It is the latest step in the government’s drive to move 22,000 Civil Service roles from London to communities across the UK by 2030.
The Birmingham headquarters will include new ministerial offices, with ministers expected to spend a significant amount of time there as the government works to rebuild the UK.
The news of DfT creating a northern hub in Leeds comes on the back of the Chancellor, Rishi Sunak, this month, also confirming that the UK’s first-ever infrastructure bank will also be based in the city.
Over £65m has been allocated for the overall government hubs programme in 2021 to 2022 for office works and improvements.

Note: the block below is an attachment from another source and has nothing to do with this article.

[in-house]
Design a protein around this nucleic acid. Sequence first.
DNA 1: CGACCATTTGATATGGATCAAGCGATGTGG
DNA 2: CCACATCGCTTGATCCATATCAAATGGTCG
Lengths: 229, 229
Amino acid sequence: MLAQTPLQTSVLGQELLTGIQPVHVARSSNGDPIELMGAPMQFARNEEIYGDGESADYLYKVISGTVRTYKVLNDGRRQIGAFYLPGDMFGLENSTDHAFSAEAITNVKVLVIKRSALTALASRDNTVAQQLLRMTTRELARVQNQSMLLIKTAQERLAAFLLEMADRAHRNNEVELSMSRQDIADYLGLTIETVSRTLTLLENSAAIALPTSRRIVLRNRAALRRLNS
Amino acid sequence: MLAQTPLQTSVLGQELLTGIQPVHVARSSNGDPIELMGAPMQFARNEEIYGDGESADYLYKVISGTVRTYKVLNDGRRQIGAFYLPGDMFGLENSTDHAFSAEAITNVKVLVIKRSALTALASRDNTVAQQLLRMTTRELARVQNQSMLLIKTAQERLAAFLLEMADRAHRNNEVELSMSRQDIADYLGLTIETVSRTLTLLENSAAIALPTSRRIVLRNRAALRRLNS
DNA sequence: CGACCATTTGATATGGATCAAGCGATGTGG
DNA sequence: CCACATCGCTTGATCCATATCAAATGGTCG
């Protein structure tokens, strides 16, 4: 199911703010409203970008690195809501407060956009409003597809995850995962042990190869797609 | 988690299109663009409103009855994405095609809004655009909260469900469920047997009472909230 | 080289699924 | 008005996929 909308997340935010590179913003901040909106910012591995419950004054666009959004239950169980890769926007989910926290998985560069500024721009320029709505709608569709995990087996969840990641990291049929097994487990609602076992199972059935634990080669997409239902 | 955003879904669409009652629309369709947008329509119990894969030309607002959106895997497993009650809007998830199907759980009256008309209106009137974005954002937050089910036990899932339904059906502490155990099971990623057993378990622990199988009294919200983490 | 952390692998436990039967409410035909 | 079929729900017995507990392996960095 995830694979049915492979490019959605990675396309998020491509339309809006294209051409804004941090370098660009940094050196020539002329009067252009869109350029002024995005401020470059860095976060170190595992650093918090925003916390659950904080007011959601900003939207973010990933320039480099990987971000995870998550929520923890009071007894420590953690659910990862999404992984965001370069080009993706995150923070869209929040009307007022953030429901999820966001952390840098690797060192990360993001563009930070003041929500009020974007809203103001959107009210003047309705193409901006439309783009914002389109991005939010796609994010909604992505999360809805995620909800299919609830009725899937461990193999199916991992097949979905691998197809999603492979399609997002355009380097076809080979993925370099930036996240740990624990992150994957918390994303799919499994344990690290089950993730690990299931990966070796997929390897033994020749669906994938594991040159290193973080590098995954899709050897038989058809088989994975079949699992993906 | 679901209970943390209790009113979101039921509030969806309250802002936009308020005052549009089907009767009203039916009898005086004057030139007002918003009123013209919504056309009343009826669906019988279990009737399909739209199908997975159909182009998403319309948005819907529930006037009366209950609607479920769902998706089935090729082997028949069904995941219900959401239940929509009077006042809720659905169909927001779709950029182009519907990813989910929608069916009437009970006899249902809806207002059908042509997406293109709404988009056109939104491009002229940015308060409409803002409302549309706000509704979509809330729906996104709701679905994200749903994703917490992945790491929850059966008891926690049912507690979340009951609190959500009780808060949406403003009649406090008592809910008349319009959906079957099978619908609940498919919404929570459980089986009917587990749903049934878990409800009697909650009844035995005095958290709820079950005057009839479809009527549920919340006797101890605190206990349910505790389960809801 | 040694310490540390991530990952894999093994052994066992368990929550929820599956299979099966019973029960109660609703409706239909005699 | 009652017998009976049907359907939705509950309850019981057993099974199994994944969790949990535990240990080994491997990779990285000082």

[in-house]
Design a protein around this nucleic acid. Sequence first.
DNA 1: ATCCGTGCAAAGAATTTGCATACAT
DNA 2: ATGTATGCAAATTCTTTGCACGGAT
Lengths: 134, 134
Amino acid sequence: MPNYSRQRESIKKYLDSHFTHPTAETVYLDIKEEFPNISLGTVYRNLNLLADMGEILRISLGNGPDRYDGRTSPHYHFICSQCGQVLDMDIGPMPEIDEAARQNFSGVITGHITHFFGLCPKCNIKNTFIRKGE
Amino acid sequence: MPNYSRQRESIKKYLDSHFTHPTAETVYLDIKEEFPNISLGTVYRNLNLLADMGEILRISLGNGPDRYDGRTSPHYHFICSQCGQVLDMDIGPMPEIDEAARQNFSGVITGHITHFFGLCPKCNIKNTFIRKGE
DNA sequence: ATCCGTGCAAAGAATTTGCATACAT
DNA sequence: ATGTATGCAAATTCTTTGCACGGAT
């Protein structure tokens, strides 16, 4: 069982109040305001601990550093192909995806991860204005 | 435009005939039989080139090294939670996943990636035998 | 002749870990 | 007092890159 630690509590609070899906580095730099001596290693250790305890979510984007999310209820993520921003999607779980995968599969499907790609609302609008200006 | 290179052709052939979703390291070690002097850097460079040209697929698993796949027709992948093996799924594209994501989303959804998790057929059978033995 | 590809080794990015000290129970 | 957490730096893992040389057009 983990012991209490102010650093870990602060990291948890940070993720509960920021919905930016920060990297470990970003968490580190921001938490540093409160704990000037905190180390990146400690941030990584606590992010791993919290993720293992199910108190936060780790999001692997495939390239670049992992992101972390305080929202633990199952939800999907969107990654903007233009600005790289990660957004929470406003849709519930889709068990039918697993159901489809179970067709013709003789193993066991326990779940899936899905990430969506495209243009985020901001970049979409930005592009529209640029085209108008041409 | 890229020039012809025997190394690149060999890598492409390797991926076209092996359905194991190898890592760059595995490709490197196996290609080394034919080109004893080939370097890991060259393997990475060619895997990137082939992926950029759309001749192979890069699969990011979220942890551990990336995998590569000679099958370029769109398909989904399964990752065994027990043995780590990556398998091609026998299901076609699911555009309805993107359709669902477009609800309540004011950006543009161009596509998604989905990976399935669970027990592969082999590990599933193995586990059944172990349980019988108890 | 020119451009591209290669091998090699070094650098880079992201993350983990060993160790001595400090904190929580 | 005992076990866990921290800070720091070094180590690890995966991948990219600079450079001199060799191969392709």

DfT has already begun recruiting in Birmingham and Leeds, with 100 roles created so far.
These include senior civil servant positions, which otherwise would have been based in London, with attracting senior figures to these locations key to the success of the initiative.
Grant Shapps, Transport Secretary, said: “This is a historic move for the department and part of a significant wider culture change across Whitehall.
“Transport is absolutely vital to the local communities we serve and having hubs in major cities like Birmingham and Leeds will offer a fresh perspective on how we can better serve these areas.”